digitised" sine wave - that is each of the half cycles of the wave is made
    from two or more voltage steps. It looks on a 'scope like the result you
    would get if you ran a pure sine wave through a 2 bit - (not the american
    phrase for something that's crap, but maybe that 's appropriate as well !! )
    & sign A-D converter. It is a common waveshape for the output of
    transformerless DC-DC power converters, and is called 'modified sine wave'
    because the voltage steps, whilst being clunky and crude compared to a true
    sine wave shape, never-the-less occur with a timing and voltage position,
    such that you could draw a true sine wave through the mean of them.

    My UPS 700 has a dirty great transformer in it, and as far as I am aware, it
    outputs a true sine wave, as did all of the UPS's in this series.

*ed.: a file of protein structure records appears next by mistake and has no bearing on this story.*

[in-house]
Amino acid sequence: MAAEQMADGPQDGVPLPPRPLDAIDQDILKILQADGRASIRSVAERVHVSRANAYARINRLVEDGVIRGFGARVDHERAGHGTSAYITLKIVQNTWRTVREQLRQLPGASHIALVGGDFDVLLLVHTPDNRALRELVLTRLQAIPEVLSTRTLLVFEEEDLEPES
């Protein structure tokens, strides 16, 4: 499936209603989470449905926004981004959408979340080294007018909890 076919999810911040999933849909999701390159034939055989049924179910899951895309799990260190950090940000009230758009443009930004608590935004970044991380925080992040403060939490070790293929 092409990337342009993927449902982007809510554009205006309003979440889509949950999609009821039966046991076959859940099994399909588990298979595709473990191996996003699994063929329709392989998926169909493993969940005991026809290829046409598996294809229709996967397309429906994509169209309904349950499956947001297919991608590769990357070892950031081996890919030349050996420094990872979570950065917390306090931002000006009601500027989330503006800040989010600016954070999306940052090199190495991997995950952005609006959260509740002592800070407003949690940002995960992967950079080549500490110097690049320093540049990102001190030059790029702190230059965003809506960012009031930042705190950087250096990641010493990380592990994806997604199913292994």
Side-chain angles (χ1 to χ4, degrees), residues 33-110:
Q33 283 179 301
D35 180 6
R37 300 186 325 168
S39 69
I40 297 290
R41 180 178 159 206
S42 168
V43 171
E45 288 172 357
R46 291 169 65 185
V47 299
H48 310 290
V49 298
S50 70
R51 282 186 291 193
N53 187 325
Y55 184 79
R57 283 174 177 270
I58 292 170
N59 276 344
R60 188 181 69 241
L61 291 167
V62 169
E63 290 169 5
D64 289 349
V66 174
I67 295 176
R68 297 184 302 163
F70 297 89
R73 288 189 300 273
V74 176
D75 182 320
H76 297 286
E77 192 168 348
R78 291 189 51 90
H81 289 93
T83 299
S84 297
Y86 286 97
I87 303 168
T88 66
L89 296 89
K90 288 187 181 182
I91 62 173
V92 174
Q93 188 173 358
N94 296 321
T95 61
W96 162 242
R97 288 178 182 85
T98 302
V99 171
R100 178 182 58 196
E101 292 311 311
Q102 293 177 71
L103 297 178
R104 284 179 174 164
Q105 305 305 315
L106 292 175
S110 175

Incidentally, I think that I have now gotten to the bottom of my one's
    intermittent failure when it either self-tests, or needs to actually provide
    backup power. As several people have suggested, it seems to be the spade
    connectors inside the thing - in my case, the ones to the batteries. When I
    obtained it, it had been standing for a long time, and the gel cells were
    knackered. The replacements that I bought had slightly smaller terminals,
    and it seems that the spade connectors don't make well to them, and when the
    converter kicks in, and tries to draw the many amps from the batteries that
    you forget that these things pull, the connections just can't cope. I
    actually watched the voltage at the back side of the connectors drop to
    about 22v, whilst the voltage at the actual battery terminals remained up at
    almost the nominal 27.4v that you normally read there. The unit then
    immediately detects a battery problem, and starts whistling furiously at
    you, and flashing its lights, including the 'battery fault' one.

    Arfa